Monuments and Memory, Made and Unmade

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Robert S. Nelson, Margaret Olin
University of Chicago Press, 2003 - Art - 345 pages
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How do some monuments become so socially powerful that people seek to destroy them? After ignoring monuments for years, why must we now commemorate public trauma, but not triumph, with a monument? To explore these and other questions, Robert S. Nelson and Margaret Olin assembled essays from leading scholars about how monuments have functioned throughout the world and how globalization has challenged Western notions of the "monument."

Examining how monuments preserve memory, these essays demonstrate how phenomena as diverse as ancient drum towers in China and ritual whale-killings in the Pacific Northwest serve to represent and negotiate time. Connecting that history to the present with an epilogue on the World Trade Center, Monuments and Memory, Made and Unmade is pertinent not only for art historians but for anyone interested in the turbulent history of monuments—a history that is still very much with us today.

Contributors:
Stephen Bann, Jonathan Bordo, Julia Bryan-Wilson, Jas Elsner, Tapati Guha-Thakurta, Robert S. Nelson, Margaret Olin, Ruth B. Phillips, Mitchell Schwarzer, Lillian Lan-ying Tseng, Richard Wittman, Wu Hung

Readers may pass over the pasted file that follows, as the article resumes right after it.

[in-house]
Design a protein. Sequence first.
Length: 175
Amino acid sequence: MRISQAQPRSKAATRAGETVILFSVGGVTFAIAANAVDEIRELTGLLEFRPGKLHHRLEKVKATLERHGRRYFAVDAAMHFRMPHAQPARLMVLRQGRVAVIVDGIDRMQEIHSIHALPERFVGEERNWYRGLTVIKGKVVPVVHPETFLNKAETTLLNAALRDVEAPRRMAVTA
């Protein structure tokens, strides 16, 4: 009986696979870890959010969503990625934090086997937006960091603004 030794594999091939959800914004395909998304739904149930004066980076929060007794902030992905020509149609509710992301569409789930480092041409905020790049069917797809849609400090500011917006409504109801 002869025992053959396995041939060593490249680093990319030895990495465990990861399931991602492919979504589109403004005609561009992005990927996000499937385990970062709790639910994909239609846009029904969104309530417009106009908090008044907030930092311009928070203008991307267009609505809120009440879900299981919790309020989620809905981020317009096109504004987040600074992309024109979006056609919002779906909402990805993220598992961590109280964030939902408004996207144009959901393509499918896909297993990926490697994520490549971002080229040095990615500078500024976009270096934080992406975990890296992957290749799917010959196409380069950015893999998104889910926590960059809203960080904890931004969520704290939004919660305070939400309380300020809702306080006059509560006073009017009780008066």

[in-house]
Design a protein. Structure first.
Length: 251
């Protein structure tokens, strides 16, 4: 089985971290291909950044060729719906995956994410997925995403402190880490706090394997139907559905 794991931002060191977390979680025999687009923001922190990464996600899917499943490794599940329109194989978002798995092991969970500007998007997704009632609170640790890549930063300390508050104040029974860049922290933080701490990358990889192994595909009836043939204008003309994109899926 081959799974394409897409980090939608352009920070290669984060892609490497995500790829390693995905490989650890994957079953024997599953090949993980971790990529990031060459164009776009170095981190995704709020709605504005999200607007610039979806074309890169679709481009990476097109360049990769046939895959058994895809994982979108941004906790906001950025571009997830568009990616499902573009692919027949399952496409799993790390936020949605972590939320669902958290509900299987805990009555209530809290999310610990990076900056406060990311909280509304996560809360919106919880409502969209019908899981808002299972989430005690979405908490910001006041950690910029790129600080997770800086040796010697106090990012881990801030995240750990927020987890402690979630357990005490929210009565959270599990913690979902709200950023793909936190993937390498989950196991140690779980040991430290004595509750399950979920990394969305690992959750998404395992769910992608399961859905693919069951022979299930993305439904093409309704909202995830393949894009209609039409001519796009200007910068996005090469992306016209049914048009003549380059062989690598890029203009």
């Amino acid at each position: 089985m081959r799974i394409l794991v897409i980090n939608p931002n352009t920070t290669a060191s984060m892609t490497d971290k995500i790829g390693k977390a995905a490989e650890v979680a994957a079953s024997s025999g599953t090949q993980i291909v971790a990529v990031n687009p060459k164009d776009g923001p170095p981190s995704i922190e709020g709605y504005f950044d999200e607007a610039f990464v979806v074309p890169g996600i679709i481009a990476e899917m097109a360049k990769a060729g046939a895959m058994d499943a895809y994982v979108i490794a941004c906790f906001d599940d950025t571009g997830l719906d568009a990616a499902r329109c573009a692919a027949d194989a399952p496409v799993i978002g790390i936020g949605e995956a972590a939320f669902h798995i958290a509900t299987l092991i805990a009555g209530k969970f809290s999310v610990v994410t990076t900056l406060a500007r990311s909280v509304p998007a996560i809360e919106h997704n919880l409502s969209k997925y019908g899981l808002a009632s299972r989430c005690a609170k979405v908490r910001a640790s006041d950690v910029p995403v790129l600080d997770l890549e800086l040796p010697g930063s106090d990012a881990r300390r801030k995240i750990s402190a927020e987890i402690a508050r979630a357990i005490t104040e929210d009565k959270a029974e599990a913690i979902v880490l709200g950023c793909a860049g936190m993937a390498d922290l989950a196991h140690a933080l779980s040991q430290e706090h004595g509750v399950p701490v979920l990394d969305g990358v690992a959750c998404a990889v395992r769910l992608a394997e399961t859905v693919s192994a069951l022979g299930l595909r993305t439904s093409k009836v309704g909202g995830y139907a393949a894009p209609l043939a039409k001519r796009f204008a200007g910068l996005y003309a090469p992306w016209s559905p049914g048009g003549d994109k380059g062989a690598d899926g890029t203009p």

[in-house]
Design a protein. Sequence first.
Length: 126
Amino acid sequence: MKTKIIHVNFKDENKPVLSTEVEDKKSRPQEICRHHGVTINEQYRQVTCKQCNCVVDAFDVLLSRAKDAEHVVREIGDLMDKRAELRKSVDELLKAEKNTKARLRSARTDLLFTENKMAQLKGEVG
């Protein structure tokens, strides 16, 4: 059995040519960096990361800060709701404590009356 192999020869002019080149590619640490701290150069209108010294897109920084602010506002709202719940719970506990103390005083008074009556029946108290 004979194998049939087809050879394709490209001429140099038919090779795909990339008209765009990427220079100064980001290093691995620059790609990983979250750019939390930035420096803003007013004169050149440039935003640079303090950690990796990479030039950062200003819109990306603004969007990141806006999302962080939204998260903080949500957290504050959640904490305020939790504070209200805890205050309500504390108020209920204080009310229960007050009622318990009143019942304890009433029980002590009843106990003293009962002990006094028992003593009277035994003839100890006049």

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Contents

Introduction
TIME 103
DESTRUCTIONRECONSTRUCTION 205
The World Trade Center 305
Copyright

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About the author (2003)

Robert S. Nelson is a Distinguished Service Professor of Art History and the History of Culture, and chair of the Committee on the History of Culture at the University of Chicago. He is the editor of Visuality before and beyond the Renaissance: Seeing as Others Saw and coeditor of Critical Terms for Art History, second edition, the latter published by the University of Chicago Press.

Margaret Olin is a professor of art history, theory, and criticism, and Visual and Critical Studies at the School of the Art Institute of Chicago. She is the author of The Nation without Art: Examining Modern Discourses on Jewish Art.

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